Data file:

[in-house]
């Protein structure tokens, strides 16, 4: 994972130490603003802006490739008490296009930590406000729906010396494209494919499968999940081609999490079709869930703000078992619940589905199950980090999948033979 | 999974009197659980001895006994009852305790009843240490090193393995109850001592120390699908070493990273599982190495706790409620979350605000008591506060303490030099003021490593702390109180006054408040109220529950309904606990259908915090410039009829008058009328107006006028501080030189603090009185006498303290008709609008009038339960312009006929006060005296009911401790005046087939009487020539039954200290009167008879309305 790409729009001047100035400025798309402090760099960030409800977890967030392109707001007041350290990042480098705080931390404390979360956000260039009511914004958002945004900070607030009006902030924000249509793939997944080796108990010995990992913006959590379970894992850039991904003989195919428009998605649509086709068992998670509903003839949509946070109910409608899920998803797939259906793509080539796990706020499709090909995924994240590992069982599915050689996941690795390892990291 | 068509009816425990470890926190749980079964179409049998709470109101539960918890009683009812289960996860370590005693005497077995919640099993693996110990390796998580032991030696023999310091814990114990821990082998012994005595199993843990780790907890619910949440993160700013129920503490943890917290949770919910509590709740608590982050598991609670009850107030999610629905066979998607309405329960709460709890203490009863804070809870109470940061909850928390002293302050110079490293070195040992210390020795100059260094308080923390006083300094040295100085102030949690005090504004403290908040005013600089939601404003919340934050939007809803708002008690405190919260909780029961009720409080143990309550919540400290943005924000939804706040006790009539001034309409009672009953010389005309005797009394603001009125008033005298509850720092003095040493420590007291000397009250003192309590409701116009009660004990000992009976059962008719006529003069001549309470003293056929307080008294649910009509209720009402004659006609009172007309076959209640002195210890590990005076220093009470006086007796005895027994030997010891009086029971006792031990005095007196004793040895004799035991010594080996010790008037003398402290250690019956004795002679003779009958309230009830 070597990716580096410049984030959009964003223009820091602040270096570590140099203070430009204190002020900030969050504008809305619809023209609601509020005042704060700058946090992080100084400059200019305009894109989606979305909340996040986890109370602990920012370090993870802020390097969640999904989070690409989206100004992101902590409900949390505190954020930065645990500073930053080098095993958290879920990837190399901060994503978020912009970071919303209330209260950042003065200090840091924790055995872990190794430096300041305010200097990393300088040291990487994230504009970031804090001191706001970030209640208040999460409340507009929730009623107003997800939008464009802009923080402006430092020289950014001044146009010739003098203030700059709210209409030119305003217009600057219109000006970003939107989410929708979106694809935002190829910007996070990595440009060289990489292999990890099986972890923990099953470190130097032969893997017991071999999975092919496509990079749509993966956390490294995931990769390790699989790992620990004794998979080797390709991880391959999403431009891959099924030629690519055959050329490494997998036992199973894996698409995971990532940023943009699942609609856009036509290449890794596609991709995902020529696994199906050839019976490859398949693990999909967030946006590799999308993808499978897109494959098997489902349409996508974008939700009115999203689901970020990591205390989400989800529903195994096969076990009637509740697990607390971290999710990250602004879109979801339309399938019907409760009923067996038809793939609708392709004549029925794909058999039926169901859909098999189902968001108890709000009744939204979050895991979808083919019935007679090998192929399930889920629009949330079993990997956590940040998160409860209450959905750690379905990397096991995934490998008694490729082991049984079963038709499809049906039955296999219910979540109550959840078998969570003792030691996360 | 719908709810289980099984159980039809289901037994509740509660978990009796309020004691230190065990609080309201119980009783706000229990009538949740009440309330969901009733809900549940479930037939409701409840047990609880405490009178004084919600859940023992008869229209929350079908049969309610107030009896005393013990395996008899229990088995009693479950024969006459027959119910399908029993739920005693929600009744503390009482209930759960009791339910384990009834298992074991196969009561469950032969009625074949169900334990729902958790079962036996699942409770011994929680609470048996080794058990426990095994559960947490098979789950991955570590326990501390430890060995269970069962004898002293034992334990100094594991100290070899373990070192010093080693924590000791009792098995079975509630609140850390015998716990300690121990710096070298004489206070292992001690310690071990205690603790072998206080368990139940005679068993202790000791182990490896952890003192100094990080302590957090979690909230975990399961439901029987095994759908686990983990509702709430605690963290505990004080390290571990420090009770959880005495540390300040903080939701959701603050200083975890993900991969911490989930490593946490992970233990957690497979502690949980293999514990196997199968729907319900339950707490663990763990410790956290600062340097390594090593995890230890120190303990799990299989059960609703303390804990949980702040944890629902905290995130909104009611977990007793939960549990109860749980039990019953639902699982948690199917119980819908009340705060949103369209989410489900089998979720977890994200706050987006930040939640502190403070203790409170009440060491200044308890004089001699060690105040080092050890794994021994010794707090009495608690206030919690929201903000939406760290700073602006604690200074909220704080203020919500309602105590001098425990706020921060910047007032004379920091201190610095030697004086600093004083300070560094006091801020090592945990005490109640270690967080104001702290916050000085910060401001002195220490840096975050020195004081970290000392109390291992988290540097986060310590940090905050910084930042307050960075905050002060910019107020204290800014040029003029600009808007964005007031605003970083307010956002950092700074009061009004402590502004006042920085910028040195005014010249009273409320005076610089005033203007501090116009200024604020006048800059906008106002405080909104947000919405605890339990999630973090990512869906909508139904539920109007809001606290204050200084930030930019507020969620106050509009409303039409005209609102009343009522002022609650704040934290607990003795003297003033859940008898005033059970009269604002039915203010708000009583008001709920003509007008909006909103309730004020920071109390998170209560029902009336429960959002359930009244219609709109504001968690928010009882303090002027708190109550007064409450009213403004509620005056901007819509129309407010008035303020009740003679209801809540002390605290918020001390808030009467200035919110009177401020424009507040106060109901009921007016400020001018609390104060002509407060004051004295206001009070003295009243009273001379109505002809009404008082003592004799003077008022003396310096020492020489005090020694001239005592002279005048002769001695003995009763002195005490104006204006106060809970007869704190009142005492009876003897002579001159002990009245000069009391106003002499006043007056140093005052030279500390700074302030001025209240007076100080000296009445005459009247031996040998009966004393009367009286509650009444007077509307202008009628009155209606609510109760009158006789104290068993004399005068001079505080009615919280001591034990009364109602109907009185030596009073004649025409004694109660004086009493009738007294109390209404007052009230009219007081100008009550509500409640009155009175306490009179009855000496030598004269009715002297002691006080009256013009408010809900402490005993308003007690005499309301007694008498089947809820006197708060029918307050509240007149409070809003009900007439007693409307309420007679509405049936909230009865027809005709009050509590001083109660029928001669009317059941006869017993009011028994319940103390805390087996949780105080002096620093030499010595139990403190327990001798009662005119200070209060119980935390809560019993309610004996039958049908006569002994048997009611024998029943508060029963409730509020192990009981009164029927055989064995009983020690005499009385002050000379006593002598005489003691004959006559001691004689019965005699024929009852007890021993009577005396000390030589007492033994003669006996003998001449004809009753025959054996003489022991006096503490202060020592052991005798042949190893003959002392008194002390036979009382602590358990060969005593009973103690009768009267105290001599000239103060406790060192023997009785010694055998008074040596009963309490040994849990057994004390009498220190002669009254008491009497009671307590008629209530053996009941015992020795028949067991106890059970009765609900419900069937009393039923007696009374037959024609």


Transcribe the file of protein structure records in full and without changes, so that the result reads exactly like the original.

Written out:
[in-house]
């Protein structure tokens, strides 16, 4: 994972130490603003802006490739008490296009930590406000729906010396494209494919499968999940081609999490079709869930703000078992619940589905199950980090999948033979 | 999974009197659980001895006994009852305790009843240490090193393995109850001592120390699908070493990273599982190495706790409620979350605000008591506060303490030099003021490593702390109180006054408040109220529950309904606990259908915090410039009829008058009328107006006028501080030189603090009185006498303290008709609008009038339960312009006929006060005296009911401790005046087939009487020539039954200290009167008879309305 790409729009001047100035400025798309402090760099960030409800977890967030392109707001007041350290990042480098705080931390404390979360956000260039009511914004958002945004900070607030009006902030924000249509793939997944080796108990010995990992913006959590379970894992850039991904003989195919428009998605649509086709068992998670509903003839949509946070109910409608899920998803797939259906793509080539796990706020499709090909995924994240590992069982599915050689996941690795390892990291 | 068509009816425990470890926190749980079964179409049998709470109101539960918890009683009812289960996860370590005693005497077995919640099993693996110990390796998580032991030696023999310091814990114990821990082998012994005595199993843990780790907890619910949440993160700013129920503490943890917290949770919910509590709740608590982050598991609670009850107030999610629905066979998607309405329960709460709890203490009863804070809870109470940061909850928390002293302050110079490293070195040992210390020795100059260094308080923390006083300094040295100085102030949690005090504004403290908040005013600089939601404003919340934050939007809803708002008690405190919260909780029961009720409080143990309550919540400290943005924000939804706040006790009539001034309409009672009953010389005309005797009394603001009125008033005298509850720092003095040493420590007291000397009250003192309590409701116009009660004990000992009976059962008719006529003069001549309470003293056929307080008294649910009509209720009402004659006609009172007309076959209640002195210890590990005076220093009470006086007796005895027994030997010891009086029971006792031990005095007196004793040895004799035991010594080996010790008037003398402290250690019956004795002679003779009958309230009830 070597990716580096410049984030959009964003223009820091602040270096570590140099203070430009204190002020900030969050504008809305619809023209609601509020005042704060700058946090992080100084400059200019305009894109989606979305909340996040986890109370602990920012370090993870802020390097969640999904989070690409989206100004992101902590409900949390505190954020930065645990500073930053080098095993958290879920990837190399901060994503978020912009970071919303209330209260950042003065200090840091924790055995872990190794430096300041305010200097990393300088040291990487994230504009970031804090001191706001970030209640208040999460409340507009929730009623107003997800939008464009802009923080402006430092020289950014001044146009010739003098203030700059709210209409030119305003217009600057219109000006970003939107989410929708979106694809935002190829910007996070990595440009060289990489292999990890099986972890923990099953470190130097032969893997017991071999999975092919496509990079749509993966956390490294995931990769390790699989790992620990004794998979080797390709991880391959999403431009891959099924030629690519055959050329490494997998036992199973894996698409995971990532940023943009699942609609856009036509290449890794596609991709995902020529696994199906050839019976490859398949693990999909967030946006590799999308993808499978897109494959098997489902349409996508974008939700009115999203689901970020990591205390989400989800529903195994096969076990009637509740697990607390971290999710990250602004879109979801339309399938019907409760009923067996038809793939609708392709004549029925794909058999039926169901859909098999189902968001108890709000009744939204979050895991979808083919019935007679090998192929399930889920629009949330079993990997956590940040998160409860209450959905750690379905990397096991995934490998008694490729082991049984079963038709499809049906039955296999219910979540109550959840078998969570003792030691996360 | 719908709810289980099984159980039809289901037994509740509660978990009796309020004691230190065990609080309201119980009783706000229990009538949740009440309330969901009733809900549940479930037939409701409840047990609880405490009178004084919600859940023992008869229209929350079908049969309610107030009896005393013990395996008899229990088995009693479950024969006459027959119910399908029993739920005693929600009744503390009482209930759960009791339910384990009834298992074991196969009561469950032969009625074949169900334990729902958790079962036996699942409770011994929680609470048996080794058990426990095994559960947490098979789950991955570590326990501390430890060995269970069962004898002293034992334990100094594991100290070899373990070192010093080693924590000791009792098995079975509630609140850390015998716990300690121990710096070298004489206070292992001690310690071990205690603790072998206080368990139940005679068993202790000791182990490896952890003192100094990080302590957090979690909230975990399961439901029987095994759908686990983990509702709430605690963290505990004080390290571990420090009770959880005495540390300040903080939701959701603050200083975890993900991969911490989930490593946490992970233990957690497979502690949980293999514990196997199968729907319900339950707490663990763990410790956290600062340097390594090593995890230890120190303990799990299989059960609703303390804990949980702040944890629902905290995130909104009611977990007793939960549990109860749980039990019953639902699982948690199917119980819908009340705060949103369209989410489900089998979720977890994200706050987006930040939640502190403070203790409170009440060491200044308890004089001699060690105040080092050890794994021994010794707090009495608690206030919690929201903000939406760290700073602006604690200074909220704080203020919500309602105590001098425990706020921060910047007032004379920091201190610095030697004086600093004083300070560094006091801020090592945990005490109640270690967080104001702290916050000085910060401001002195220490840096975050020195004081970290000392109390291992988290540097986060310590940090905050910084930042307050960075905050002060910019107020204290800014040029003029600009808007964005007031605003970083307010956002950092700074009061009004402590502004006042920085910028040195005014010249009273409320005076610089005033203007501090116009200024604020006048800059906008106002405080909104947000919405605890339990999630973090990512869906909508139904539920109007809001606290204050200084930030930019507020969620106050509009409303039409005209609102009343009522002022609650704040934290607990003795003297003033859940008898005033059970009269604002039915203010708000009583008001709920003509007008909006909103309730004020920071109390998170209560029902009336429960959002359930009244219609709109504001968690928010009882303090002027708190109550007064409450009213403004509620005056901007819509129309407010008035303020009740003679209801809540002390605290918020001390808030009467200035919110009177401020424009507040106060109901009921007016400020001018609390104060002509407060004051004295206001009070003295009243009273001379109505002809009404008082003592004799003077008022003396310096020492020489005090020694001239005592002279005048002769001695003995009763002195005490104006204006106060809970007869704190009142005492009876003897002579001159002990009245000069009391106003002499006043007056140093005052030279500390700074302030001025209240007076100080000296009445005459009247031996040998009966004393009367009286509650009444007077509307202008009628009155209606609510109760009158006789104290068993004399005068001079505080009615919280001591034990009364109602109907009185030596009073004649025409004694109660004086009493009738007294109390209404007052009230009219007081100008009550509500409640009155009175306490009179009855000496030598004269009715002297002691006080009256013009408010809900402490005993308003007690005499309301007694008498089947809820006197708060029918307050509240007149409070809003009900007439007693409307309420007679509405049936909230009865027809005709009050509590001083109660029928001669009317059941006869017993009011028994319940103390805390087996949780105080002096620093030499010595139990403190327990001798009662005119200070209060119980935390809560019993309610004996039958049908006569002994048997009611024998029943508060029963409730509020192990009981009164029927055989064995009983020690005499009385002050000379006593002598005489003691004959006559001691004689019965005699024929009852007890021993009577005396000390030589007492033994003669006996003998001449004809009753025959054996003489022991006096503490202060020592052991005798042949190893003959002392008194002390036979009382602590358990060969005593009973103690009768009267105290001599000239103060406790060192023997009785010694055998008074040596009963309490040994849990057994004390009498220190002669009254008491009497009671307590008629209530053996009941015992020795028949067991106890059970009765609900419900069937009393039923007696009374037959024609």